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Nigerian govt claims repatriated loot sustained economy



Abubakar Malami, Minister of Justice and Attorney General of the Federation, has claimed that Nigeria had proven the viability of using recovered looted assets for long-term development.

Malami made this revelation, on Saturday, at a high-level side event on “Food Security Response: Combating Illicit Financial Flows and Securing Asset Returns for Sustainable Development,” held in conjunction with the 77th session of the UN General Assembly, in New York City.

The Economic and Financial Crimes Commission (EFCC) and the African Union Development Agency-New Partnership for Africa’s Development (AUDA-NEPAD) jointly organized the event.

According to Malami, the 322 million dollars in looted Swissland assets that were recovered in 2017 lay the groundwork for lifting 100 million Nigerians out of poverty.

He said it got millions out of poverty through the Social Investment Programmes that included National Homegrown School Feeding Programme, Government Enterprise and Empowerment Programme, N-Power job creation and youth empowerment programme and National Social Safety Net programme, amongst others.

Malami said that Food Security Response was placed on top of Africa’s 2022 agenda to align with the Global Sustainable Development Goal “to end hunger, achieve food security, improve nutrition and promote sustainable agriculture” by 2030.

Read also: Nigerian govt blasts Atiku over comments about ‘bleak’ economy

He noted that crisis experienced in the globe as well as onslaughts of terrorism and criminality continued to exacerbate challenges to world peace posed by starvation, malnutrition, diseases, climate change which he said continue to contribute to a worsening global economy.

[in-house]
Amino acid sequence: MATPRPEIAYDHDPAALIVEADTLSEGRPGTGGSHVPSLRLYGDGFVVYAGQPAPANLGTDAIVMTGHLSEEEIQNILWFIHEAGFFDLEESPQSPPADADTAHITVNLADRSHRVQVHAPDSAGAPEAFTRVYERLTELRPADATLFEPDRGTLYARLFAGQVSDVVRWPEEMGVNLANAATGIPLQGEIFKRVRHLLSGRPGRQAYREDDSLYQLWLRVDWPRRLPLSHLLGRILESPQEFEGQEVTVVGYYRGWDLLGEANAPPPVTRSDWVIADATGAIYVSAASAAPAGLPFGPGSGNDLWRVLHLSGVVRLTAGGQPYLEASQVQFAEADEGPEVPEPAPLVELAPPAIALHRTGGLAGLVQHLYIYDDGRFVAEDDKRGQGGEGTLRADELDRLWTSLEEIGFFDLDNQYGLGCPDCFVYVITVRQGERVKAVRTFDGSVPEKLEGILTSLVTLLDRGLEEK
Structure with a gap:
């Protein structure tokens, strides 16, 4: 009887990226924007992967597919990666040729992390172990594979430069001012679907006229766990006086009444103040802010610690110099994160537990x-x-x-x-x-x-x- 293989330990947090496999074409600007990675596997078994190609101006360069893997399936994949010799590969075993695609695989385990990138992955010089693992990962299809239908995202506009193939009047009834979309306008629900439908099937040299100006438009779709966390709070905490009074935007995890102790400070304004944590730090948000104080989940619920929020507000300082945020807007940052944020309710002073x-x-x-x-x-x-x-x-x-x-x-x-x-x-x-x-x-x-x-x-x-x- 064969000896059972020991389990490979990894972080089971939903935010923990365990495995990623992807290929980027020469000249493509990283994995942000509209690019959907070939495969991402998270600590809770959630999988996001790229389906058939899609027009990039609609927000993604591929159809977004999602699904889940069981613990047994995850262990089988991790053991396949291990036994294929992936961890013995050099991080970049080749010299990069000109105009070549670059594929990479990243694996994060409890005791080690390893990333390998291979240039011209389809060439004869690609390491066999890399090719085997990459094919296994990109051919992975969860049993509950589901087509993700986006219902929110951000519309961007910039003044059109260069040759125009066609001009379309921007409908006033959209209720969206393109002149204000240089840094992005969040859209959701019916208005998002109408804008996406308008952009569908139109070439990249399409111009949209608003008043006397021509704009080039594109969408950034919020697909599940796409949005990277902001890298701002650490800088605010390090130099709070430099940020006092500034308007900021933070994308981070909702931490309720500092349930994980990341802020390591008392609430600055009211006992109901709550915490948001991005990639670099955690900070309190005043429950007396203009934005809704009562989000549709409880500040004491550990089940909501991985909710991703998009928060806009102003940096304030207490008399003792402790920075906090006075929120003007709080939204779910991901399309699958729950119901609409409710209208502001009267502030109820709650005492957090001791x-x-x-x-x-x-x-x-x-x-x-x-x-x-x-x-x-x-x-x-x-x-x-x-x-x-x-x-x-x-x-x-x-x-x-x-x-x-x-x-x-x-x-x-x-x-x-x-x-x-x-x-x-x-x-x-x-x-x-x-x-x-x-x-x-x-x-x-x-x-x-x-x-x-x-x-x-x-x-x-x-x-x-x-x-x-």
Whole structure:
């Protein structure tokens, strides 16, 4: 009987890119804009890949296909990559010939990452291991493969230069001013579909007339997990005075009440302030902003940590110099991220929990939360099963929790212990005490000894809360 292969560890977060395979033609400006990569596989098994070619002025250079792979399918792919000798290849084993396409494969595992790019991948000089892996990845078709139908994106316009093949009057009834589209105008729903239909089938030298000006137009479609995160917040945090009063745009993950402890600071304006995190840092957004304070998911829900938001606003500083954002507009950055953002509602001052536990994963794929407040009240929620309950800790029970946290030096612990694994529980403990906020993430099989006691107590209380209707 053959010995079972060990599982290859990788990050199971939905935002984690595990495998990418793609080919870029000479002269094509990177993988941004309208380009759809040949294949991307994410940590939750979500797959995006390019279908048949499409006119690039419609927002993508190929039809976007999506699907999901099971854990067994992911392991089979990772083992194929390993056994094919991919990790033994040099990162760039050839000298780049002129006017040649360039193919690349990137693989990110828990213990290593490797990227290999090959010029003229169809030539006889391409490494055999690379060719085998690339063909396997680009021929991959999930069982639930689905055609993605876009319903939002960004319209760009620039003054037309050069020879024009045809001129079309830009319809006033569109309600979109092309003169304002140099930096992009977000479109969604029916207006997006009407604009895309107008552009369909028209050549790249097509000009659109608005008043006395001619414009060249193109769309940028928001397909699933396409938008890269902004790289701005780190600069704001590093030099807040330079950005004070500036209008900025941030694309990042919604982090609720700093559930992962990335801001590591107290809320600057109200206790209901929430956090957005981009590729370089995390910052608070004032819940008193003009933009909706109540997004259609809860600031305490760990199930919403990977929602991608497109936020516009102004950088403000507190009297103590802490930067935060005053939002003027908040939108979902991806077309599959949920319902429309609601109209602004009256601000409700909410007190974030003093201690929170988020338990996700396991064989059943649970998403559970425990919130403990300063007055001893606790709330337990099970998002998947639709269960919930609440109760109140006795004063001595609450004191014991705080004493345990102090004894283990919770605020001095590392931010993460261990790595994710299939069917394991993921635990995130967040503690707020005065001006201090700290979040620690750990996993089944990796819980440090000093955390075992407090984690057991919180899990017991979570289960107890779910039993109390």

“Indeed, these challenges are truly interlocking and have put our collective ability to devise innovative solutions to the test,” Malami noted.

Malami noted that findings from law enforcement organizations, in particular the Economic and Financial Crimes Commission (EFCC), that demonstrated how IFFS impede efforts to develop, including food security, while stressing the connection between illicit financial flows and food security.

He noted that this year, President Muhammad Buhari signed the Proceed of Crimes Act and the Money Laundering Prevention and Prohibition Act, among other laws, and that the Federal Government has placed laws and procedures in place to fight IFFs.

An infographic by the BBC with data gathered from the federal government, World Bank, and Transparency International revealed that the total amount of looted funds recovered from late Head of State, General Sani Abacha in the past 24 years has been put at $3.65 billion.

It showed that while in 1998, a total of $750 million was recovered from the late Head of State’s family; in year 2000, $64 million was recovered from Switzerland; in 2002 – $1.2 billion was recovered from the Abacha family; in 2003, $160 million and $88 million were recovered from Jersey and Switzerland respectively, and in 2005 another $461.3 million was returned back to the country from Switzerland.

Also, in 2006, Nigeria was also fortunate to have received another $44.1 million from Switzerland; in 2014 – $227 million was recovered from Liechtenstein; in 2018 another $322 million from Switzerland; in 2020 a total of $311.7 million was repatriated from the USA and also recently an agreement was signed for another $23 million to be sent from the USA.

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